Jesus was not a radical revolutionary. He affirmed the authority of religious leaders (Mt 23:2-3) and of the secular government (Lk 20:25). He hung out with sinners because "I came to call not the righteous to repentance but sinners" (Mk 2:17). Jesus' "silence" on homosexuality and abortion can only be taken to mean he did not oppose Jewish law forbidding gay sex and the use of abortifacients; Jesus “did not come to abolish the law ... but to fulfill [it]” (Mt 5:17). He did not condemn the adulteress, but he did tell her, “Go and sin no more” (Jn 8:11). 

Most of all, Jesus did not come to be a political sock puppet or to take sides in our godawful culture wars but so “that he who believes in him may not perish but have eternal life” (Jn 3:16).

Thursday, December 19, 2013

Watch as Chuck Norris pwns Jean-Claude Van Damme

Jean-Claude Van Damme does the splits between two moving Volvos? Pfffffffft. Van Damme, Seagal, Jet Li — all of them amateurs and wanna-bes. Here he is, the star of Lone Wolf McQuade and Good Guys Wear Black, showing that Belgian second-stringer how it's really done:

(Heck with it — what I really like about the commercial is that Norris sends up his own tough-guy image so well. It's like watching William Shatner goof on himself.)

Saturday, December 14, 2013

Sunday Snippets: A Catholic Carnival (Volume 13:50)

Ah-HAH! Finally found the photo I used to use for this segment!

Although I post links to pieces I've written through the week here, this feature really isn't about me. If you want to read what I've done the last week — and this week it wasn't much to speak of — you can always go to my archives here and on The Other Blog. Heck, you can just scroll down the page and click the titles you want to read.

No, the real purpose of this post is to direct you to RAnn's blog, This That and the Other Thing, where once a week she holds a virtual kaffeklatsch called "Sunday Snippets: A Catholic Carnival". This will lead you to other posts like this, where Catholics from around the blogosphere — most of whom you may not know — have their own efforts linked. You can always go to New Advent or BigPulpit to find the big-leaguer Catholic writers and the more promising of the farm-club players. But if you're a true aficionado, you can find some tasty writing among us sand-lot and small-town players. That's also why I promote Catholic Stand and New Evangelist Monthly — it ain't just because the editors of those outlets were kind enough to ask me to contribute.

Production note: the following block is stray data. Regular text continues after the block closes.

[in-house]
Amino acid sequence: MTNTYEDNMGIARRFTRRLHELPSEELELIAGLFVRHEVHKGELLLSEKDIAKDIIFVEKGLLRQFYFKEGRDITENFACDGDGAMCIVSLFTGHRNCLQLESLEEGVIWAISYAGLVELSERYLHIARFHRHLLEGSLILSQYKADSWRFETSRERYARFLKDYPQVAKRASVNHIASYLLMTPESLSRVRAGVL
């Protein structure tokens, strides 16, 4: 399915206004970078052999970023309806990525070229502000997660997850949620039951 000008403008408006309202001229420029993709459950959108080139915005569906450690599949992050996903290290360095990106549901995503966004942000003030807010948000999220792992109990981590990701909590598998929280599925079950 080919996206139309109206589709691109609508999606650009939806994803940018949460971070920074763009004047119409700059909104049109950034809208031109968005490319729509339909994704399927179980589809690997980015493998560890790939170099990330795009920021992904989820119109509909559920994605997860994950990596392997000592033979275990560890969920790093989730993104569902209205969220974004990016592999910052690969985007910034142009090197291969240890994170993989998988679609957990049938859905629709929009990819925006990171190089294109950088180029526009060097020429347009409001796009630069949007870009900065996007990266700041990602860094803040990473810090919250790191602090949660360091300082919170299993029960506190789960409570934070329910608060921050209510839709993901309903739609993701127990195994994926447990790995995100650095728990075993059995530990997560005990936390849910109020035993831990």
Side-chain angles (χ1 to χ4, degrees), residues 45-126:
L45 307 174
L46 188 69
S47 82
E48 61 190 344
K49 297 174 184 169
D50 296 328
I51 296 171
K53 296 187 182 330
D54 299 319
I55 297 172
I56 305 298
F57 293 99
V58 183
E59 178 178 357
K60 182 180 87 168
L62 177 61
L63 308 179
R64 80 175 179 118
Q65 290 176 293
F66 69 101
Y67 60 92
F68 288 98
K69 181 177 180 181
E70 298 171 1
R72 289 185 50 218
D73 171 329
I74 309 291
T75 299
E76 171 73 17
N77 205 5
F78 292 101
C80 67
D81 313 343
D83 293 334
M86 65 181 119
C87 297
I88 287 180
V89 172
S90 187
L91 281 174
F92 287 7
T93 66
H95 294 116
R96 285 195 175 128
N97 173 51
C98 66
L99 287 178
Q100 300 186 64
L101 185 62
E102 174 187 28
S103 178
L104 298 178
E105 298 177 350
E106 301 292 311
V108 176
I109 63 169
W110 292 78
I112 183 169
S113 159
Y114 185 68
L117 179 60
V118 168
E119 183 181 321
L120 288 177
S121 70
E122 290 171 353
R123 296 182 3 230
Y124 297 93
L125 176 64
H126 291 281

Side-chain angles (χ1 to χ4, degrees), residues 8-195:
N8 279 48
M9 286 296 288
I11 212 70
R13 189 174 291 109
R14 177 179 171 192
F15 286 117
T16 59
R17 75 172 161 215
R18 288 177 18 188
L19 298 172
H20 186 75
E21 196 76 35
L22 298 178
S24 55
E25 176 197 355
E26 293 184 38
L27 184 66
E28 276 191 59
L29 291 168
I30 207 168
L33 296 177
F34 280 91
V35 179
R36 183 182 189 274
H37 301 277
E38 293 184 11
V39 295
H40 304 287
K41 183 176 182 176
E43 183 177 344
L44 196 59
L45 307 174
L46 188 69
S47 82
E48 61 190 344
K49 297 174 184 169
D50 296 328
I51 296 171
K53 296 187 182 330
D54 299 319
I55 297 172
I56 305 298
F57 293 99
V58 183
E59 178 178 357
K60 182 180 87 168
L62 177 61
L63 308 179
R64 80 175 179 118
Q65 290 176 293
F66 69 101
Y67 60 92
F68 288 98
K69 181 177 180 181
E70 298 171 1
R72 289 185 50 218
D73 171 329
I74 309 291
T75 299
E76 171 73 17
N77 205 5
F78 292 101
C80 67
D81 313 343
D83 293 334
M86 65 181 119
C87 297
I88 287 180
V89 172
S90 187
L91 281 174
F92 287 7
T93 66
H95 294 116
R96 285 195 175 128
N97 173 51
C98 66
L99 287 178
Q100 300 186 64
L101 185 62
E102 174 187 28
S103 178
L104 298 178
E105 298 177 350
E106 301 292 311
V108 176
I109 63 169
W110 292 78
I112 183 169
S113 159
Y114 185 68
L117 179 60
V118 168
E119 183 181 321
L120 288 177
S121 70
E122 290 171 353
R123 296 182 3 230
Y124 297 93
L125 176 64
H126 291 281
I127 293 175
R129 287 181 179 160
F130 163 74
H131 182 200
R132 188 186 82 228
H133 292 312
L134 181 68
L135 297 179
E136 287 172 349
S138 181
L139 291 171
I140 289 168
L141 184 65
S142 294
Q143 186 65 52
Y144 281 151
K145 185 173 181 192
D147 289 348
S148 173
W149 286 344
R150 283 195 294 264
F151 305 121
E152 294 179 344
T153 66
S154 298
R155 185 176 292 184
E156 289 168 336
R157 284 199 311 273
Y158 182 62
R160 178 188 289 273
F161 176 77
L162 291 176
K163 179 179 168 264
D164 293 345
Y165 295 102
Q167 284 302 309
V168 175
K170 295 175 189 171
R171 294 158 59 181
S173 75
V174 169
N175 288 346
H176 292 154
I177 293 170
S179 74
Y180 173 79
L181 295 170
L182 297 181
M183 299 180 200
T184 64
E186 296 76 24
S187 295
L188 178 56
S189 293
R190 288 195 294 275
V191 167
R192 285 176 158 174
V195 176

So anyway: In Outside the Asylum, I offer you "The 'starter job' myth and economic reality", in which I muse over the recent fast-food strikes and demands for a $15/hour minimum wage. On this blog — well, heck, just scroll down a bit for a semi-review of two books on the Christian roots of science in the High Middle Ages, as well as for a slightly naughty rib-tickler on the thermodynamics of Hell.

Today is Gaudete Sunday — gaudēte being Latin for "all y'all rejoice" — when we're reminded that the coming of the Lord is a thing to rejoice over:

Be strong, fear not!
Here is your God,
he comes with vindication;
with divine recompense
he comes to save you.

Then will the eyes of the blind be opened,
the ears of the deaf be cleared;
then will the lame leap like a stag,
then the tongue of the mute will sing.

Those whom the LORD has ransomed will return
and enter Zion singing,
crowned with everlasting joy;
they will meet with joy and gladness,
sorrow and mourning will flee.
(Isaiah 35:4-6, 10)

Have a joyous week!

From the "Religious Apocrypha Department" ...

... comes this tale of a University of Arizona student's answer to a question on a chemistry midterm:

Bonus Question: Is Hell exothermic [gives off heat] or endothermic [absorbs heat]?

Wrote the student in reply:

First, we need to know how the mass of Hell is changing in time. So we need to know the rate at which souls are moving into Hell and the rate at which they are leaving, which is unlikely. I think that we can safely assume that once a soul gets to Hell, it will not leave. Therefore, no souls are leaving. As for how many souls are entering Hell, let’s look at the different religions that exist in the world today.

Most of these religions state that if you are not a member of their religion, you will go to Hell. [?] Since there is more than one of these religions and since people do not belong to more than one religion, we can project that all souls go to Hell. [??] With birth and death rates as they are, we can expect the number of souls in Hell to increase exponentially. Now, we look at the rate of change of the volume in Hell because Boyle’s Law states that in order for the temperature and pressure in Hell to stay the same, the volume of Hell has to expand proportionately as souls are added.